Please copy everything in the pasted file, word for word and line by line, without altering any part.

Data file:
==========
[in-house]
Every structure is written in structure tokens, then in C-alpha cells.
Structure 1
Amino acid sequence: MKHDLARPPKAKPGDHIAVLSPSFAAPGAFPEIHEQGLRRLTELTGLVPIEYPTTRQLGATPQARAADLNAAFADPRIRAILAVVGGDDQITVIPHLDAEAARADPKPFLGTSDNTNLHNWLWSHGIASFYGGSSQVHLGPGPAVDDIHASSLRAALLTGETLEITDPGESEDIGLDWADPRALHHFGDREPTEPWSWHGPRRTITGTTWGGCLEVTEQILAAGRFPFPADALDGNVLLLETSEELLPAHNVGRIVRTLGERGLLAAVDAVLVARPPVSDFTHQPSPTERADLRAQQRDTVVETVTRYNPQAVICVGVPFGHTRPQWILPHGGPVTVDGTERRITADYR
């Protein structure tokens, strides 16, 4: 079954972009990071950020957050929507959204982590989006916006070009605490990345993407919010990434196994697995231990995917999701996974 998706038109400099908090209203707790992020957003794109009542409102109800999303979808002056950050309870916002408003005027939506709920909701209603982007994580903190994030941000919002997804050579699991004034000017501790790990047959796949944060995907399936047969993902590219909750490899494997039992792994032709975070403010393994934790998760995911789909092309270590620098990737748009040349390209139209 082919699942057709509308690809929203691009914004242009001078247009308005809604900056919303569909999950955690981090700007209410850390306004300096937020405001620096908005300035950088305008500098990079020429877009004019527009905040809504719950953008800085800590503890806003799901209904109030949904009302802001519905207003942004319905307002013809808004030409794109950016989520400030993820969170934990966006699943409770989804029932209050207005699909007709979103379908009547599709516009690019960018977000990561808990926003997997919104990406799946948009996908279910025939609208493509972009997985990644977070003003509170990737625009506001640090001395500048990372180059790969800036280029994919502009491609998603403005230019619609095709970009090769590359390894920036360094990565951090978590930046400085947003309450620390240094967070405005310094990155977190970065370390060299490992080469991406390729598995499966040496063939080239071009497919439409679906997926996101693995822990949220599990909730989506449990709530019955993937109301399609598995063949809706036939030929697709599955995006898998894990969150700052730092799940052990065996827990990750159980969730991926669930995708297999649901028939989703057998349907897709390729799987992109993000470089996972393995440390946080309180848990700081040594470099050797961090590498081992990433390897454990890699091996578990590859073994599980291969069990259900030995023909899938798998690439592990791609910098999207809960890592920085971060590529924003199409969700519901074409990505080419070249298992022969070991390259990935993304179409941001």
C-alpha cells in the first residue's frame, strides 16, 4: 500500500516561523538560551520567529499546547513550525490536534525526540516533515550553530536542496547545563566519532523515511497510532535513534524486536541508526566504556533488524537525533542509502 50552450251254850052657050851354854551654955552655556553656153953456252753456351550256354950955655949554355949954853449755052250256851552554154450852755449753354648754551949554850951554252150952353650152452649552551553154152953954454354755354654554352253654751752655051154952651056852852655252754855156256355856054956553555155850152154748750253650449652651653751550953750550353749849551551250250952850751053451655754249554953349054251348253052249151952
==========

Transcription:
[in-house]
Every structure is written in structure tokens, then in C-alpha cells.
Structure 1
Amino acid sequence: MKHDLARPPKAKPGDHIAVLSPSFAAPGAFPEIHEQGLRRLTELTGLVPIEYPTTRQLGATPQARAADLNAAFADPRIRAILAVVGGDDQITVIPHLDAEAARADPKPFLGTSDNTNLHNWLWSHGIASFYGGSSQVHLGPGPAVDDIHASSLRAALLTGETLEITDPGESEDIGLDWADPRALHHFGDREPTEPWSWHGPRRTITGTTWGGCLEVTEQILAAGRFPFPADALDGNVLLLETSEELLPAHNVGRIVRTLGERGLLAAVDAVLVARPPVSDFTHQPSPTERADLRAQQRDTVVETVTRYNPQAVICVGVPFGHTRPQWILPHGGPVTVDGTERRITADYR
């Protein structure tokens, strides 16, 4: 079954972009990071950020957050929507959204982590989006916006070009605490990345993407919010990434196994697995231990995917999701996974 998706038109400099908090209203707790992020957003794109009542409102109800999303979808002056950050309870916002408003005027939506709920909701209603982007994580903190994030941000919002997804050579699991004034000017501790790990047959796949944060995907399936047969993902590219909750490899494997039992792994032709975070403010393994934790998760995911789909092309270590620098990737748009040349390209139209 082919699942057709509308690809929203691009914004242009001078247009308005809604900056919303569909999950955690981090700007209410850390306004300096937020405001620096908005300035950088305008500098990079020429877009004019527009905040809504719950953008800085800590503890806003799901209904109030949904009302802001519905207003942004319905307002013809808004030409794109950016989520400030993820969170934990966006699943409770989804029932209050207005699909007709979103379908009547599709516009690019960018977000990561808990926003997997919104990406799946948009996908279910025939609208493509972009997985990644977070003003509170990737625009506001640090001395500048990372180059790969800036280029994919502009491609998603403005230019619609095709970009090769590359390894920036360094990565951090978590930046400085947003309450620390240094967070405005310094990155977190970065370390060299490992080469991406390729598995499966040496063939080239071009497919439409679906997926996101693995822990949220599990909730989506449990709530019955993937109301399609598995063949809706036939030929697709599955995006898998894990969150700052730092799940052990065996827990990750159980969730991926669930995708297999649901028939989703057998349907897709390729799987992109993000470089996972393995440390946080309180848990700081040594470099050797961090590498081992990433390897454990890699091996578990590859073994599980291969069990259900030995023909899938798998690439592990791609910098999207809960890592920085971060590529924003199409969700519901074409990505080419070249298992022969070991390259990935993304179409941001």
C-alpha cells in the first residue's frame, strides 16, 4: 500500500516561523538560551520567529499546547513550525490536534525526540516533515550553530536542496547545563566519532523515511497510532535513534524486536541508526566504556533488524537525533542509502 50552450251254850052657050851354854551654955552655556553656153953456252753456351550256354950955655949554355949954853449755052250256851552554154450852755449753354648754551949554850951554252150952353650152452649552551553154152953954454354755354654554352253654751752655051154952651056852852655252754855156256355856054956553555155850152154748750253650449652651653751550953750550353749849551551250250952850751053451655754249554953349054251348253052249151952